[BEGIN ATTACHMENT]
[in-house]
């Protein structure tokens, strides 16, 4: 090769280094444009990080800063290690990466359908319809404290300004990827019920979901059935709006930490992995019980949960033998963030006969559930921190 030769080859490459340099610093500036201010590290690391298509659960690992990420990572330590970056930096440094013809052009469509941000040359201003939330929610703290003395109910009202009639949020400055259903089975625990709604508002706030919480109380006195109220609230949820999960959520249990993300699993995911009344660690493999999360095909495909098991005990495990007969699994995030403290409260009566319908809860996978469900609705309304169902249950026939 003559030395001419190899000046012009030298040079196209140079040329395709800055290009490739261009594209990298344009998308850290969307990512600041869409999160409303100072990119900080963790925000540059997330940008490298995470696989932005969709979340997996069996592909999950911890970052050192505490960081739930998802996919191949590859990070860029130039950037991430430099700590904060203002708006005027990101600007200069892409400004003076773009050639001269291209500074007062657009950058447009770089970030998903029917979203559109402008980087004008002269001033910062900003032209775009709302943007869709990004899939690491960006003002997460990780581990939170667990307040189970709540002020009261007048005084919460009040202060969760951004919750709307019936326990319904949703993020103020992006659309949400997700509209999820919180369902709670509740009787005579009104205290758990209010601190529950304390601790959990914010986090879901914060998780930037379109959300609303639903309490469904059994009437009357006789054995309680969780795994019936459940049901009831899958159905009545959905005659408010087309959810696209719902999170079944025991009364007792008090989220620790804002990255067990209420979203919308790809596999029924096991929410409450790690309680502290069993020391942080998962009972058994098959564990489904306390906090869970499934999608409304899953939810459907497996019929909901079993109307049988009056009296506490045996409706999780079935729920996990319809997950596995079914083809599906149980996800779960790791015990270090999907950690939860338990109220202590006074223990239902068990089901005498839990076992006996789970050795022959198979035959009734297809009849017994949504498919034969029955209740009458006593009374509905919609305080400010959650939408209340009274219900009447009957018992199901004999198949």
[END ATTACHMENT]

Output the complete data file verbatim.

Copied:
[in-house]
């Protein structure tokens, strides 16, 4: 090769280094444009990080800063290690990466359908319809404290300004990827019920979901059935709006930490992995019980949960033998963030006969559930921190 030769080859490459340099610093500036201010590290690391298509659960690992990420990572330590970056930096440094013809052009469509941000040359201003939330929610703290003395109910009202009639949020400055259903089975625990709604508002706030919480109380006195109220609230949820999960959520249990993300699993995911009344660690493999999360095909495909098991005990495990007969699994995030403290409260009566319908809860996978469900609705309304169902249950026939 003559030395001419190899000046012009030298040079196209140079040329395709800055290009490739261009594209990298344009998308850290969307990512600041869409999160409303100072990119900080963790925000540059997330940008490298995470696989932005969709979340997996069996592909999950911890970052050192505490960081739930998802996919191949590859990070860029130039950037991430430099700590904060203002708006005027990101600007200069892409400004003076773009050639001269291209500074007062657009950058447009770089970030998903029917979203559109402008980087004008002269001033910062900003032209775009709302943007869709990004899939690491960006003002997460990780581990939170667990307040189970709540002020009261007048005084919460009040202060969760951004919750709307019936326990319904949703993020103020992006659309949400997700509209999820919180369902709670509740009787005579009104205290758990209010601190529950304390601790959990914010986090879901914060998780930037379109959300609303639903309490469904059994009437009357006789054995309680969780795994019936459940049901009831899958159905009545959905005659408010087309959810696209719902999170079944025991009364007792008090989220620790804002990255067990209420979203919308790809596999029924096991929410409450790690309680502290069993020391942080998962009972058994098959564990489904306390906090869970499934999608409304899953939810459907497996019929909901079993109307049988009056009296506490045996409706999780079935729920996990319809997950596995079914083809599906149980996800779960790791015990270090999907950690939860338990109220202590006074223990239902068990089901005498839990076992006996789970050795022959198979035959009734297809009849017994949504498919034969029955209740009458006593009374509905919609305080400010959650939408209340009274219900009447009957018992199901004999198949």